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David Project Campus Advocates Engage at Hadassah

“We have seen and heard so much about the (Middle East) conflict, that it's a relief to see a place which is an island of peace,” said a member of the David Project delegation, which visited the Hadassah Medical Organization on January 2nd.


The David Project is a Boston-based Israel advocacy organization, which educates campus activists from around North America. A key element of its educational program is the “Israel Uncovered” mission, which takes students to Israel to learn about the country firsthand. Past National Hadassah President Nancy Falchuk sits on the David Projectboard and ensured that a visit to Hadassah was on the delegates’ itinerary.

“One bus of the students, representing diverse ethnic backgrounds, arrived at Hadassah in the morning and the second, in the afternoon. Both groups toured the Sarah Wetsman Davidson Hospital Tower and the Chagall windows. The morning group visited the Charlotte R. Bloomberg Mother and Child Center, where the students witnessed the full array of ethnic groups among the pediatric patients. The afternoon group visited the Judy and Sidney Swartz Center for Emergency Medicine, where adults of all different ethnic groups were being treated. The morning group met Dr. Amjad Faran, a Jordanian/Palestinian resident in anesthesiology, who shared his experience as a Palestinian working in Hadassah's hospital. He told the delegates that his residency is the envy of Palestinian colleagues who are studying in other countries. “They are in good programs,” he said, “but I get to do far more than they do and have superior training.”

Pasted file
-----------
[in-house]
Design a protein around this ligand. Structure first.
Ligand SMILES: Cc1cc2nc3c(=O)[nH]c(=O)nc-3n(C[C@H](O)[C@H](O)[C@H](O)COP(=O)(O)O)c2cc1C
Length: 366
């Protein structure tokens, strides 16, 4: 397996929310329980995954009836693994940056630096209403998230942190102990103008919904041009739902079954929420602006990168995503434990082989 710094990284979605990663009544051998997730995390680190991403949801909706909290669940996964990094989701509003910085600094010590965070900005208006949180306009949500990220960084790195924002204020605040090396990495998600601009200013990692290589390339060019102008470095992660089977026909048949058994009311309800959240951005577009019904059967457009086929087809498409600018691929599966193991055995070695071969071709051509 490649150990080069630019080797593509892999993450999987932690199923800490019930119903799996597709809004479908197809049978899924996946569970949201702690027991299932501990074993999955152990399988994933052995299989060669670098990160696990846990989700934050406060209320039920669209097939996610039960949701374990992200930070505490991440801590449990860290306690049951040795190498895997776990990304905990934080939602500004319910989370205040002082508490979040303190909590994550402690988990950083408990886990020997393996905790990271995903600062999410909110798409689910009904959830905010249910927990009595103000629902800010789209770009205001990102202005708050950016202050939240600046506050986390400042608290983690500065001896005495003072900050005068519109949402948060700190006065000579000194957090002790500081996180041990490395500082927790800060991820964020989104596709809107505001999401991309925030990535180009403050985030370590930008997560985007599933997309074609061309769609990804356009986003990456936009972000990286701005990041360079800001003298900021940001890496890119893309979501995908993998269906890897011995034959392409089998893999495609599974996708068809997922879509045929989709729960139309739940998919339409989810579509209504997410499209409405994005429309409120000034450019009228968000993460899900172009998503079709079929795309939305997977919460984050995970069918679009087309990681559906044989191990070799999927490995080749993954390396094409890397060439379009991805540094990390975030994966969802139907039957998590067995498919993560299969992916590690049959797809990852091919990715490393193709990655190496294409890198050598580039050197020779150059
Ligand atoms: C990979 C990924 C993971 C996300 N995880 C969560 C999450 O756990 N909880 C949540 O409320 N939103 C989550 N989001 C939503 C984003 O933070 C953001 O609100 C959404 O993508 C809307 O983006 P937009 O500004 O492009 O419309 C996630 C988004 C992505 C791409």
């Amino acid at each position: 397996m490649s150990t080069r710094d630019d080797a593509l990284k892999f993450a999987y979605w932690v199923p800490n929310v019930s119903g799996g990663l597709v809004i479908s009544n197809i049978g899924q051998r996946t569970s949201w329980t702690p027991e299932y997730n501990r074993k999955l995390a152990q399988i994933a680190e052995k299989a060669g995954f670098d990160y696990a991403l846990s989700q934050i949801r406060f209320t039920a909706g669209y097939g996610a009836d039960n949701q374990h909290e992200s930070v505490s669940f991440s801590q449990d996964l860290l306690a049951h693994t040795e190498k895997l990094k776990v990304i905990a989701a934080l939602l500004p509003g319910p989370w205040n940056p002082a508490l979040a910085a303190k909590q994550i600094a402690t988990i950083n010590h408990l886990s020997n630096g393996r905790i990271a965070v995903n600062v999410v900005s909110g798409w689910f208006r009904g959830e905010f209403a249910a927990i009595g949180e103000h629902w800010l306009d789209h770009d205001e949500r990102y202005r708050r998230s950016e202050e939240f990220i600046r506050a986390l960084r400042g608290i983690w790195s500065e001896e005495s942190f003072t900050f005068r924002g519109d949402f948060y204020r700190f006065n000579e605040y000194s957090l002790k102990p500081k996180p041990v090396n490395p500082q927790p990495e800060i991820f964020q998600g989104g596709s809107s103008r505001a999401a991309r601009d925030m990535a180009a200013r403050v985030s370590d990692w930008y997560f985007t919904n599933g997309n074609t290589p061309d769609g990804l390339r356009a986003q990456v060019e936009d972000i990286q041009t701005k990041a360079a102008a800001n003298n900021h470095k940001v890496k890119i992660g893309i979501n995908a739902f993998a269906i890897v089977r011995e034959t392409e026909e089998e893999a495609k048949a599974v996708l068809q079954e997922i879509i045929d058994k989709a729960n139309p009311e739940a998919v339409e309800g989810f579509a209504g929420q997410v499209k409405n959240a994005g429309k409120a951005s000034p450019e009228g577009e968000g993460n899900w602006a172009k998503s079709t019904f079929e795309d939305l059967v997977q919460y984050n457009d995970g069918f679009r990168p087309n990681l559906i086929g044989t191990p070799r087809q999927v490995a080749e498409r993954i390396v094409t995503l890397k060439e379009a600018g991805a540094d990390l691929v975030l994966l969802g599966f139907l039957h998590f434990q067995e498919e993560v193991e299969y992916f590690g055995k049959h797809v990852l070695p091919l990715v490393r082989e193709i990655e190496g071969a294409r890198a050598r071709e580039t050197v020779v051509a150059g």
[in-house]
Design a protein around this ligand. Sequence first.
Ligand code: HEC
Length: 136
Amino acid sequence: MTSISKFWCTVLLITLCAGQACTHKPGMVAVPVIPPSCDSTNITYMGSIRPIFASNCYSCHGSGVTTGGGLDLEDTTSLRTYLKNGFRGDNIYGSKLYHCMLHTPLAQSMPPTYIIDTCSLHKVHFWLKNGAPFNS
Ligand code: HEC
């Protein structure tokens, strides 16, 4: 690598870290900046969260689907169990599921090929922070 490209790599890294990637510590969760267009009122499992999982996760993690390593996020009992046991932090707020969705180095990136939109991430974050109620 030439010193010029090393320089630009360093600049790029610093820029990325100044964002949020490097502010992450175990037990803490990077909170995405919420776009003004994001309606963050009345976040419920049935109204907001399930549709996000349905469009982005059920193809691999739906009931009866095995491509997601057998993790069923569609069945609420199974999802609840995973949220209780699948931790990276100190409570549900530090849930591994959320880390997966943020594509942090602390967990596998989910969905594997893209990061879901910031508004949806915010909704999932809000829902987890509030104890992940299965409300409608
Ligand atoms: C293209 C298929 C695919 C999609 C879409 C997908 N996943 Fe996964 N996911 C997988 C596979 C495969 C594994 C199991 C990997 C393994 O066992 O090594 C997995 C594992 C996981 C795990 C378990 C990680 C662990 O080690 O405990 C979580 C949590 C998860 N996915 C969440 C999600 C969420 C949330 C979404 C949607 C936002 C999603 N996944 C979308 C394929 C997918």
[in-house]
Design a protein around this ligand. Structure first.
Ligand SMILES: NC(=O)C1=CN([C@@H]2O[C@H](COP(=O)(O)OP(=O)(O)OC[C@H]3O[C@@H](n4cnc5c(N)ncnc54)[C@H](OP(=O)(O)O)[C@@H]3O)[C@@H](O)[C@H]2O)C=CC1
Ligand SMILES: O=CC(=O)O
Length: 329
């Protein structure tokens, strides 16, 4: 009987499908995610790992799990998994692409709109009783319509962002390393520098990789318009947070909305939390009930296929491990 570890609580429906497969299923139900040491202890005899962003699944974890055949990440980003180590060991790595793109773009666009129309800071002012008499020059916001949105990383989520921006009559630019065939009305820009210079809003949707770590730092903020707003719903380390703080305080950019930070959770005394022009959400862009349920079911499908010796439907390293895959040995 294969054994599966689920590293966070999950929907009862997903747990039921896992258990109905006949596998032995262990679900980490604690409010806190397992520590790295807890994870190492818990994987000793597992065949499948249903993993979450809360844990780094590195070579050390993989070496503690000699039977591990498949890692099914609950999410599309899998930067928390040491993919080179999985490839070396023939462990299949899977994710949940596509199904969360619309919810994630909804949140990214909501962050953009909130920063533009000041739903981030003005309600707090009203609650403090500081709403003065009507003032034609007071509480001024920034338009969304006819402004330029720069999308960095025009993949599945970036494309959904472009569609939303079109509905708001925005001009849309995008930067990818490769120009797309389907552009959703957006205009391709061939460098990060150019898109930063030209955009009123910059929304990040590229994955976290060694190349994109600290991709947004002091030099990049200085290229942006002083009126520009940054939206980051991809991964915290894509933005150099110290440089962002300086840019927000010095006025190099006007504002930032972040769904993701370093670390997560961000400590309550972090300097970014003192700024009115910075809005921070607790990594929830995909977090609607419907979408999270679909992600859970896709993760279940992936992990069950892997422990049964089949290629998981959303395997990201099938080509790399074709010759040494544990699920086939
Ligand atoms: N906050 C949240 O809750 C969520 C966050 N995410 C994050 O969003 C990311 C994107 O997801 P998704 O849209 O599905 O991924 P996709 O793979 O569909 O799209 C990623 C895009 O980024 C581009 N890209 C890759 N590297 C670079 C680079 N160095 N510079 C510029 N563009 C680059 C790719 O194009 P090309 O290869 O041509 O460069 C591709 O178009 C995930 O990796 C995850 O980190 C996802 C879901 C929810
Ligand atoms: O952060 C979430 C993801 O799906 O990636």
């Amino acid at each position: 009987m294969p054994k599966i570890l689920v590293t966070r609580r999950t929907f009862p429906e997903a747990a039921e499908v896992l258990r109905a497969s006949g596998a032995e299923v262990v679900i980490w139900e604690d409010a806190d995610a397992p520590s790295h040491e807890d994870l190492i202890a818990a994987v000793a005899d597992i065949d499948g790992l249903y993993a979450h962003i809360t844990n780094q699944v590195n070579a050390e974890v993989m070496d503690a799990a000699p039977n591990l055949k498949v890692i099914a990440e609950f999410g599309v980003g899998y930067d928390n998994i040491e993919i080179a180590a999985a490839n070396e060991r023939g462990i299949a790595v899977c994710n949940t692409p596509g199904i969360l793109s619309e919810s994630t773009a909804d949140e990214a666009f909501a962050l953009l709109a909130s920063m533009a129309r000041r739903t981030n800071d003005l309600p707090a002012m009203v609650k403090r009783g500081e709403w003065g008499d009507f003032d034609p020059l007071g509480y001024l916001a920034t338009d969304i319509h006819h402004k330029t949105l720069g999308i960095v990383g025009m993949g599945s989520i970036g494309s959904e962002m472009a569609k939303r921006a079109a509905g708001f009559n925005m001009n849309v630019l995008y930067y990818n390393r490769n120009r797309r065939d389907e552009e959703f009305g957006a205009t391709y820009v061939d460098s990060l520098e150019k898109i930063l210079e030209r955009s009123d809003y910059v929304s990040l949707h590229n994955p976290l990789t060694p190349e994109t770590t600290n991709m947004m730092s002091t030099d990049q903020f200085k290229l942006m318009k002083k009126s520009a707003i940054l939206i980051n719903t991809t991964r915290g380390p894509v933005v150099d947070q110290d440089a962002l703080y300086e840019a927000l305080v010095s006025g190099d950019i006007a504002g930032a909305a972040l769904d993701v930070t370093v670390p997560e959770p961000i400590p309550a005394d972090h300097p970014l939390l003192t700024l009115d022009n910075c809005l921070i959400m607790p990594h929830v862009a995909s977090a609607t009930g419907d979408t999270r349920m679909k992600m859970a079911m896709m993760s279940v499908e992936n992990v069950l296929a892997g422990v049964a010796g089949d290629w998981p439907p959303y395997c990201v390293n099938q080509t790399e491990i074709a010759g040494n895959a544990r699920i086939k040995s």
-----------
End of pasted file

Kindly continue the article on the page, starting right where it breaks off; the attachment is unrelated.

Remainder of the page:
Dr. Faran added: “There's also an emphasis on research, even for residents, so that this will become an important part of my medical career.” Responding to the students’ questions, Dr. Faran said he had never had difficulty with patients rejecting him because he is a Palestinian, and that he is a totally integrated member of the department. Dr. Faran lives in Ramallah with his wife and child, and his only complaint is the extra time it takes him to get home.

The afternoon student group met 25-year-old Dvir Moussai, who hails from near Hebron. Mr. Moussai was injured in a terror attack when he was a teenager and treated at Hadassah. He is now a volunteer at the hospital.

Mr. Moussai explained to the students that he had over 30 operations at Hadassah to correct the damage caused by stepping on a landmine while on a cherry-picking class trip. “At the beginning, it was hard for me to share a room with Arabs or to be treated by them,” he said. “But just being in Hadassah changed the way I feel. Now I'm comfortable with everyone.”

Many of the students commented that the trip to Hadassah was reassuring. One student noted that it was “an eye opener.” Pauline Marcucci of Temple University in Philadelphia said: “I want to thank you for taking the time to show us through your beautiful and inspiring hospital, where it is very exciting to see Israel work progressively towards peace and togetherness.”

With 500 beds, 19 stories (five underground) and state-of-the-art technical equipment, the Tower is the most advanced medical facility in the Middle East.

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Date: 1/9/2014

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